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Eastern Screech-Owl
Photos: Above © Julia Flanagan; Magee Marsh, Ohio; May 2011
Below © Janis Stone; Dykes Marsh, VA; March 2015
Text by Ellen Katinas
Eastern Screech-Owl

Eastern Screech-Owl
Otus asio
Family - Strigidae
Order: Strigiformes; Family: Strigidae

What whinnies like a horse, kills its brothers, and is no bigger than a pint glass? An Eastern Screen Owl, of course.

This tiny bird hides by day in the nooks and crannies of trees, but by night its strange whinnying call sounds in farmlands, suburbs, and city parks, throughout the East Coast, Midwest, and Southern United States.

It can be said that they don’t make great neighbors. Their home lives are tumultuous: nestlings fight each other so savagely over food that the youngest is often killed. A female taken as a second mate by a male will evict the first female and take over the care of her eggs.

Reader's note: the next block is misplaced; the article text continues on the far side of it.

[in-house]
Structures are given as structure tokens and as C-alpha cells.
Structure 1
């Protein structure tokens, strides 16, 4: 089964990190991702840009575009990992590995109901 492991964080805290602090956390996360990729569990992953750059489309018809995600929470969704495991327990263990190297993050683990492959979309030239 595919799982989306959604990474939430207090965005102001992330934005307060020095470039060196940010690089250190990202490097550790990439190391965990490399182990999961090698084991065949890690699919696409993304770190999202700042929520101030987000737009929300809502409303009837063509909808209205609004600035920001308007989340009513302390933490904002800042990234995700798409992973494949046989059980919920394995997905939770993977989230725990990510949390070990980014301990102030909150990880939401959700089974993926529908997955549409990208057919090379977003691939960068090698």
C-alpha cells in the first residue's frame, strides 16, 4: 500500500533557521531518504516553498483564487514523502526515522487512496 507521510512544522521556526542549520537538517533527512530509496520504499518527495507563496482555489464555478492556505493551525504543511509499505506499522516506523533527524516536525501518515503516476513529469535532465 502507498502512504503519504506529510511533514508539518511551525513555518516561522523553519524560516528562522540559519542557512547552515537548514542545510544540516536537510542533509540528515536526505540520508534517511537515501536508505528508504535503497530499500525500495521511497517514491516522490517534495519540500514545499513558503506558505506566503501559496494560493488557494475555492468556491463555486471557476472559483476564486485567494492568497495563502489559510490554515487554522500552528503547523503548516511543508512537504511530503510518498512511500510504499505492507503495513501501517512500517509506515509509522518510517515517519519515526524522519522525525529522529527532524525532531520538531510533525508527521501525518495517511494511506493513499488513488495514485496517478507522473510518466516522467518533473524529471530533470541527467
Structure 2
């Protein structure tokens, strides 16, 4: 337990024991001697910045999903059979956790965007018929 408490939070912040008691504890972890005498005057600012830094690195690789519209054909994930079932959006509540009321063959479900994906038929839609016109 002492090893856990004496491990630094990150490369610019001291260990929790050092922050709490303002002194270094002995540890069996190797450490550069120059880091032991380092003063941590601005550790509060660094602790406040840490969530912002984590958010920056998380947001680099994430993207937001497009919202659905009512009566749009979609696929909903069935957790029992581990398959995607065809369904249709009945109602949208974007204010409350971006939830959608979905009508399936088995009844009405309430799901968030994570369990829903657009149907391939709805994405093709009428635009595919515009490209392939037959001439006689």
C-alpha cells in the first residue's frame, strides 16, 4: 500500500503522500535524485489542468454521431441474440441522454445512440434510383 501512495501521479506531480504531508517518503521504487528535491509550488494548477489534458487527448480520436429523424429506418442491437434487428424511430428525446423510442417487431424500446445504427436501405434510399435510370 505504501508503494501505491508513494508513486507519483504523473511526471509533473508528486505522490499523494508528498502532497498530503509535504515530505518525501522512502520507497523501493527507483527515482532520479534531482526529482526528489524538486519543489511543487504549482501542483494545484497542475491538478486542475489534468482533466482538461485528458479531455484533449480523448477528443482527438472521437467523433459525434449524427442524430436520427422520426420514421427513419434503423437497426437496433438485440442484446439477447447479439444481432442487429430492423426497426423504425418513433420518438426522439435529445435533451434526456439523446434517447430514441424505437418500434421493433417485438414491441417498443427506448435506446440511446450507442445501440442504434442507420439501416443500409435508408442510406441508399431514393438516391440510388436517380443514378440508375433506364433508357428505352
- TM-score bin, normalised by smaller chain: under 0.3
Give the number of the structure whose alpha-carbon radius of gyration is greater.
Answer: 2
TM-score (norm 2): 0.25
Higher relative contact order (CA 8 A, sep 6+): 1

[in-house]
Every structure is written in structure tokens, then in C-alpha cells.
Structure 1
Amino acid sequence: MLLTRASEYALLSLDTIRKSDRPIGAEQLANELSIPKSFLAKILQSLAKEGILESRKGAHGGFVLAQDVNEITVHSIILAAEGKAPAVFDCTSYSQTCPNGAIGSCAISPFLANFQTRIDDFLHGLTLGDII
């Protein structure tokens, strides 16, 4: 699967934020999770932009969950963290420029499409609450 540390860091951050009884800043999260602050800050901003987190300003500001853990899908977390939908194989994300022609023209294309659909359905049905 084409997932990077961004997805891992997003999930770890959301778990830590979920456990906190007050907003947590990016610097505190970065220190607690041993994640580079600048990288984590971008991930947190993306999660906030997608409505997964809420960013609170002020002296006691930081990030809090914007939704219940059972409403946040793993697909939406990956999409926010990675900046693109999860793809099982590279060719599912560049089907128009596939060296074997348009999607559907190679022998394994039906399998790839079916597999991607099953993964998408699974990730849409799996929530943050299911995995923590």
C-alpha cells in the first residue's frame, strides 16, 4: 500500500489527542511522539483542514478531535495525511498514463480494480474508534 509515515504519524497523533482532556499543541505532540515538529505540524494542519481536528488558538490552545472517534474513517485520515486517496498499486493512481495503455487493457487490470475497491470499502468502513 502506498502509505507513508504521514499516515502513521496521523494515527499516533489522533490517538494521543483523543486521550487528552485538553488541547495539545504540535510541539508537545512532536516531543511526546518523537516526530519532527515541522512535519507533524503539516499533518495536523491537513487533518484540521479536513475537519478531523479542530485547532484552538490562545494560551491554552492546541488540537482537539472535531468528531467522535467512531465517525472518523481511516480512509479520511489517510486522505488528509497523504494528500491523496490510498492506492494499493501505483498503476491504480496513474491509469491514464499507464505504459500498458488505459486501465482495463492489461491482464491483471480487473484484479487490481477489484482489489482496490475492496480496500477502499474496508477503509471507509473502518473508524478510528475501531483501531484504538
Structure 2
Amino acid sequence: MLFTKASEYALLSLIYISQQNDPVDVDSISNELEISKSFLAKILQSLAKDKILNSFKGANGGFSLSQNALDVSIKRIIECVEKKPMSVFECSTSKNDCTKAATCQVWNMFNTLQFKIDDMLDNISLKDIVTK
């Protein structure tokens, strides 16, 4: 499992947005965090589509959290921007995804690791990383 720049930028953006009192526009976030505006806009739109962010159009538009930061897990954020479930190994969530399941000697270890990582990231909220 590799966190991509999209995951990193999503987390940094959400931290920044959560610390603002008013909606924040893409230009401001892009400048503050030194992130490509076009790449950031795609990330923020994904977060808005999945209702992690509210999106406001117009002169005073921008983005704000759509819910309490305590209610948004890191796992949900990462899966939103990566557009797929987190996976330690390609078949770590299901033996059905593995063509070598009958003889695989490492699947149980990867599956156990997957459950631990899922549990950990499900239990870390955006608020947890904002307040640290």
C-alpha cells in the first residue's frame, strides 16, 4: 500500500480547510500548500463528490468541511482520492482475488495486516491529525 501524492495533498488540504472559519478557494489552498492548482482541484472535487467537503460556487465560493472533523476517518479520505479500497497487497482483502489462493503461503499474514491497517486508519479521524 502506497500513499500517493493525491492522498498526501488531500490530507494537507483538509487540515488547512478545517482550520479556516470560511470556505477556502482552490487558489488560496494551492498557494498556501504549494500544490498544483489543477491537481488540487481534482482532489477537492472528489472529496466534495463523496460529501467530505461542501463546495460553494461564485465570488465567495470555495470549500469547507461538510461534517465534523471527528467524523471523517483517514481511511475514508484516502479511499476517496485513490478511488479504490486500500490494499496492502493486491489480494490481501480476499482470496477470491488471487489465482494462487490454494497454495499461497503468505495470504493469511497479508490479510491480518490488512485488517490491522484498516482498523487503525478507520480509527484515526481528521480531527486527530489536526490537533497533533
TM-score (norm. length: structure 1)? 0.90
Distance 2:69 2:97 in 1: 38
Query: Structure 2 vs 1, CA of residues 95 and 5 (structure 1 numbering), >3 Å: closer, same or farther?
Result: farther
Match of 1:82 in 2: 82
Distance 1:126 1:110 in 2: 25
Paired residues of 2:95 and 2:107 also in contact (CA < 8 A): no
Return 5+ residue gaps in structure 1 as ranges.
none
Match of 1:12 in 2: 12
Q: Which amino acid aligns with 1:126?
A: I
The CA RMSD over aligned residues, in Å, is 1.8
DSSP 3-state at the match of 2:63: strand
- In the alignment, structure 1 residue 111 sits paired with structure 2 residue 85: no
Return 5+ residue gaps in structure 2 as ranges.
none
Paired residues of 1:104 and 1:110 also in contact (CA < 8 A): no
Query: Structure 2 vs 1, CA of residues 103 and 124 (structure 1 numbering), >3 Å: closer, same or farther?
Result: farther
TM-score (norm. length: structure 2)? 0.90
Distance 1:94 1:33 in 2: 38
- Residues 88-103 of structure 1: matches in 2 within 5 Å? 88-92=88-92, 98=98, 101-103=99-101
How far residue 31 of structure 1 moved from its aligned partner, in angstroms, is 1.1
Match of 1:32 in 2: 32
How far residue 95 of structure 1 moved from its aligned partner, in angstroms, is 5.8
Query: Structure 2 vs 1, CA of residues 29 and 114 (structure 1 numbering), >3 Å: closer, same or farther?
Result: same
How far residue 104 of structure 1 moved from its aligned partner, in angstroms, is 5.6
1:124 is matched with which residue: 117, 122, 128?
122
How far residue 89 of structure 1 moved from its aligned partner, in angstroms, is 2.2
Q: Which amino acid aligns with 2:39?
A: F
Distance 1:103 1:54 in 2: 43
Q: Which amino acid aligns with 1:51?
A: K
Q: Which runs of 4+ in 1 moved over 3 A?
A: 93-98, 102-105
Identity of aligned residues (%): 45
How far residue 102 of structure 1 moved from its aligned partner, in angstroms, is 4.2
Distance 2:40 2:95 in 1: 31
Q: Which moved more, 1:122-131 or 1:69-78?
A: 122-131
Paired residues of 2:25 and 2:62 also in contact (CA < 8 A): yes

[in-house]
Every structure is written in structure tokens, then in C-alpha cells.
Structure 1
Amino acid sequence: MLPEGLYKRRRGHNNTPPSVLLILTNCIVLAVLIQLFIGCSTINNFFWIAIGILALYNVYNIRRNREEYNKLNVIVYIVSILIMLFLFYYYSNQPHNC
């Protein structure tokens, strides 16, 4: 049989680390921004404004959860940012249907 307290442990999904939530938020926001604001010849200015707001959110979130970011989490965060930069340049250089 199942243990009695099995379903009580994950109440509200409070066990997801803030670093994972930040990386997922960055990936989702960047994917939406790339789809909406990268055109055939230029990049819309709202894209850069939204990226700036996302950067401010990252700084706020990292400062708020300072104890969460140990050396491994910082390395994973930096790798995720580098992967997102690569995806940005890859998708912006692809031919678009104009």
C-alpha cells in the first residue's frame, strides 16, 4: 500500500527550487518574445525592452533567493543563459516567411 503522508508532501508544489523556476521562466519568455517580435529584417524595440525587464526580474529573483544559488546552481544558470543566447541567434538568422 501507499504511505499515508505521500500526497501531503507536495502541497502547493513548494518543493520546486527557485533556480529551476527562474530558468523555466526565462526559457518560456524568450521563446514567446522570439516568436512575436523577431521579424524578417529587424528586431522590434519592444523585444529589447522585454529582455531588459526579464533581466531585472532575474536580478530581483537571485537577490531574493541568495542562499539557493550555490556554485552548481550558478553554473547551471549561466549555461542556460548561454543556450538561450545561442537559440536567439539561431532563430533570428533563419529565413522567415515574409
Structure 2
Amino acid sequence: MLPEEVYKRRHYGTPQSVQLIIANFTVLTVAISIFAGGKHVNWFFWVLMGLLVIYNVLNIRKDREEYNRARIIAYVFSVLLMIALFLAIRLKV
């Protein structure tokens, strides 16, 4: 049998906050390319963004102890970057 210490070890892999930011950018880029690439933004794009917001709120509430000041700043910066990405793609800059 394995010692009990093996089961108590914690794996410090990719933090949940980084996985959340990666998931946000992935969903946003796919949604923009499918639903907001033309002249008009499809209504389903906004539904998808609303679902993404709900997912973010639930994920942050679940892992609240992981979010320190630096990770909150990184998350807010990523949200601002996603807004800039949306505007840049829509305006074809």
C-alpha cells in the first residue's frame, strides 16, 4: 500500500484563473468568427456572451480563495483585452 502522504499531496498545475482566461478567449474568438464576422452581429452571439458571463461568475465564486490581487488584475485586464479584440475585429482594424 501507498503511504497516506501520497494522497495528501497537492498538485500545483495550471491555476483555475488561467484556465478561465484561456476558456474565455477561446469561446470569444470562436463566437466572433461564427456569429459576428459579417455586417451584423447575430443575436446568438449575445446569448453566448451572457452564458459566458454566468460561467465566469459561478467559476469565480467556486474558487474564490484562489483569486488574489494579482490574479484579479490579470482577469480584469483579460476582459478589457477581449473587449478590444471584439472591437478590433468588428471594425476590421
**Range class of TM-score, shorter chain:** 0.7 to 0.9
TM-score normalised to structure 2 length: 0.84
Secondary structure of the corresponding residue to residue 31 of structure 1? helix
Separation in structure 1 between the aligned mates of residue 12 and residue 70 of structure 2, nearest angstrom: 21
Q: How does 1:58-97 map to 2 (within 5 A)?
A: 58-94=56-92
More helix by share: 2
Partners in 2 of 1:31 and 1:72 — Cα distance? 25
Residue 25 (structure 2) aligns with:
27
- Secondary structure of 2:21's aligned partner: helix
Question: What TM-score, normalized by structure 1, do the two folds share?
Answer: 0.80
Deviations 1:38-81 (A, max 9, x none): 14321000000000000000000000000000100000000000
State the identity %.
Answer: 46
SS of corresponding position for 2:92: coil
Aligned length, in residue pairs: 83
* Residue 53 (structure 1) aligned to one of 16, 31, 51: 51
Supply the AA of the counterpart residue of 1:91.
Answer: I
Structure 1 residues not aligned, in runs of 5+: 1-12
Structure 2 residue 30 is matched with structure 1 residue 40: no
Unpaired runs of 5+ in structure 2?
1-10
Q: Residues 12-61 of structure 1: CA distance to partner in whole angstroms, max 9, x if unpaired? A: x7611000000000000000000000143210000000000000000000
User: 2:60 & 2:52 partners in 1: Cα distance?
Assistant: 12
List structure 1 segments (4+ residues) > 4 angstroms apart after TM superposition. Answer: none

They don’t build nests; instead the female selects a nesting cavity, sometimes an abandoned woodpecker hole, and simply lays her eggs. If the cavity is filled with debris – droppings from a previous inhabitant, cast off feathers – she’ll willingly raise her children in it.

Eastern Screech Owls eat small birds and mammals, worms, insects, frogs, and tadpoles, after which they cast pellets, or regurgitate bones, fur, and feathers in oval lumps. If other foods are scarce, they have been known to turn cannibal.

Their one good habit is thrift: when food is plentiful, they will cache it in tree holes for up to 4 days. They do not migrate, and their grey or reddish brown coloring provides excellent camouflage against tree bark.

Because they aren’t choosy about their food or homes, the owls adapt well to human surroundings and may live longer in the suburbs than in the wild.